SARS-CoV-2 and the central nervous system: Emerging insights into hemorrhage-associated neurological consequences and therapeutic considerations.
Additional Document Info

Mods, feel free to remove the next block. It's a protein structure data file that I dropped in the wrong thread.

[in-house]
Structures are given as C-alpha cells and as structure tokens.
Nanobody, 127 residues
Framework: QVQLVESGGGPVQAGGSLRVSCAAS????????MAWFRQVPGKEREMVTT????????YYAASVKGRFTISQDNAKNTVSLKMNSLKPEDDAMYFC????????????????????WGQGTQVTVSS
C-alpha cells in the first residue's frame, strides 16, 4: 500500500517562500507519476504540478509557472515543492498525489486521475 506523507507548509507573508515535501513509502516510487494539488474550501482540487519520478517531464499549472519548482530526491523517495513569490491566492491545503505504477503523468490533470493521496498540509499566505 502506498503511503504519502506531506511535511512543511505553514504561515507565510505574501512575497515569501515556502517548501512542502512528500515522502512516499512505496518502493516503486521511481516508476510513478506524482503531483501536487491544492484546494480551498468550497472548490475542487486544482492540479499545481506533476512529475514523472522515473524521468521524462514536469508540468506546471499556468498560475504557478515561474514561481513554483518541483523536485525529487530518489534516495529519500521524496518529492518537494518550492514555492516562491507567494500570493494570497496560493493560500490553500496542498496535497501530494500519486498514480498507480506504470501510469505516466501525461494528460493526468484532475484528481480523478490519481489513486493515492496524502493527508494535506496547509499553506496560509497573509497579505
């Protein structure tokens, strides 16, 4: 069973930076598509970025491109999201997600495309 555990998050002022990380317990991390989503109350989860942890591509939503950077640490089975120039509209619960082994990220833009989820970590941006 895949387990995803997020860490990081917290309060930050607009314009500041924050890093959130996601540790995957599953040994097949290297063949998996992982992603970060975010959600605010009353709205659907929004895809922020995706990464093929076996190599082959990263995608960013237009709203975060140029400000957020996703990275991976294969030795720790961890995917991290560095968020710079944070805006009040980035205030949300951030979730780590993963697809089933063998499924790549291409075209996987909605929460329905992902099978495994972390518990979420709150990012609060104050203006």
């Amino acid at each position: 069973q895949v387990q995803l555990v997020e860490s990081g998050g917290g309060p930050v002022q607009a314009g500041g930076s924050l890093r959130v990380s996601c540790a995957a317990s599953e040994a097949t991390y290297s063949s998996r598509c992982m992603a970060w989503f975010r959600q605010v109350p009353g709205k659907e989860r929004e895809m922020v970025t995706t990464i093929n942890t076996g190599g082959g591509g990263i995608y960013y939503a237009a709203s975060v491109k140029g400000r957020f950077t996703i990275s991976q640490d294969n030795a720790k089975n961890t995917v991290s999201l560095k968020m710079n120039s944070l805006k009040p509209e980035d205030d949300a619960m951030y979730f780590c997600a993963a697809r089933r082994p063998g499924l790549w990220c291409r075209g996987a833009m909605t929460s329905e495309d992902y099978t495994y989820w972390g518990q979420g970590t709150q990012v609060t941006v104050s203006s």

Coronavirus disease 2019 (COVID-19), caused by the Severe Acute Respiratory Syndrome Coronavirus 2 (SARS-CoV-2) continues to impact our lives by causing widespread illness and death and poses a threat due to the possibility of emerging strains. SARS-CoV-2 targets angiotensin-converting enzyme 2 (ACE2) before entering vital organs of the body, including the brain. Studies have shown systemic inflammation, cellular senescence, and viral toxicity-mediated multi-organ failure occur during infectious periods. However, prognostic investigations suggest that both acute and long-term neurological complications, including predisposition to irreversible neurodegenerative diseases, can be a serious concern for COVID-19 survivors, especially the elderly population. As emerging studies reveal sites of SARS-CoV-2 infection in different parts of the brain, potential causes of chronic lesions including cerebral and deep-brain microbleeds and the likelihood of developing stroke-like pathologies increases, with critical long-term consequences, particularly for individuals with neuropathological and/or age-associated comorbid conditions. Our recent studies linking the blood degradation products to genome instability, leading to cellular senescence and ferroptosis, raise the possibility of similar neurovascular events as a result of SARS-CoV-2 infection. In this review, we discuss the neuropathological consequences of SARS-CoV-2 infection in COVID survivors, focusing on possible hemorrhagic damage in brain cells, its association to aging, and the future directions in developing mechanism-guided therapeutic strategies.